sorry we are getting rid of this chargerCostco had originally installed its chargers back during the original EV boom that was documented in Who Killed the Electric Car.  That boom ended when the California Air Resources Board caved on their EV mandate and GM - which had only leased, not sold its EV-1 vehicles - recalled them from their drivers and sent them to the scrap pile (despite howls of protest).  But all of that took place years ago.  So why remove the chargers now?

According to Costco management, the chargers were not being used enough to justify keeping them.  Now part of that might be due to the age of the chargers which makes them a poor match for today’s EVs.  Yet, the California Energy Commission has a program in place to help pay for upgrading old chargers - like the ones at Costco - with state-of-the-art models that are perfectly matched to the new round of EVs.  “Not interested,” said Costco.  According to the article:

Mr. Hoover [the general manager for Costco in northern California] said that E.V. charging was “very inefficient and not productive” for the retailer. “The bottom line is that there are a lot of other ways to be green,” he said. “We have five million members in the region, and just a handful of people are using these devices.”

Mr. Hoover said the company was aware of the state-funded upgrade program, but did not see a compelling reason to take advantage of it.

“Why should we have anybody spend money on a program that nobody’s thought through?” he said.

Hoover’s dismissive attitude was reflected in the comments - particularly the comments “highlighted” by NY Times editorial staff - that were shockingly ill-informed.  Here’s one example:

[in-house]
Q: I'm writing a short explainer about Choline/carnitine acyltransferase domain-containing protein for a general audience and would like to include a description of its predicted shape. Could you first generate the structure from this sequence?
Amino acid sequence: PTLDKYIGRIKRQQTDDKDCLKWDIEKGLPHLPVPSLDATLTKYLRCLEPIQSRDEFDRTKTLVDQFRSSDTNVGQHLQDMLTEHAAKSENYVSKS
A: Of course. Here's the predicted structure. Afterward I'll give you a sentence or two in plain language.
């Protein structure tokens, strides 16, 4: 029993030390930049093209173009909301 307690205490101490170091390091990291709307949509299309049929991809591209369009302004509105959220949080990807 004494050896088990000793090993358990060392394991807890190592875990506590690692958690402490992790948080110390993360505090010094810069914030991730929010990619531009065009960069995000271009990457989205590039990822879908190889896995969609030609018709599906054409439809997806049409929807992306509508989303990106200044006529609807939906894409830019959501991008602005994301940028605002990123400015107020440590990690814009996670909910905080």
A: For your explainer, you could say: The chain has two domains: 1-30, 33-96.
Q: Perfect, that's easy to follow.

Isn’t it enough the public has to subsidize the purchase of these slow-moving boondoggles, must we continue to coddle them throughout their entire (mercifully, short) lifespans? Calling them “green", btw, is laughable, as if the electricity coming through these chargers was generated by pixies using fairy dust. In the unlikely event these fadcars ever became popular, they’d add to the stress on our already over-burdened electric grid.

As we have noted before, we don’t believe in electricity produced by “fairy dust” - but we do believe that EVs, when combined with solar power systems - provide a way to have an incredibly cleaner driving system than what most of us are using today.  And numerous studies have demonstrated that for EVs charging at night, they will impose no burden at all on the grid.  Indeed, as the grid gets “smarter” EVs have the potential to help even out demand by providing power back to the grid.

The good folks over at Plug In America have launched a letter writing campaign to try and reverse Costco’s curious decision.  We encourage you to check it out.

Search

Jim Jenal is the Founder & CEO of Run on Sun, Pasadena's premier installer and integrator of top-of-the-line solar power installations.
Run on Sun also offers solar consulting services, working with consumers, utilities, and municipalities to help them make solar power affordable and reliable.

Ready to Save?

Let’s Get Started!

Give Us a Call!

626.793.6025 or
310.584.7755

Click to Learn More About Commercial Solar Power!

We're Social!



Follow Run on Sun on Twitter Like Run on Sun on Facebook
Run on Sun helps fight Climate Change
Community software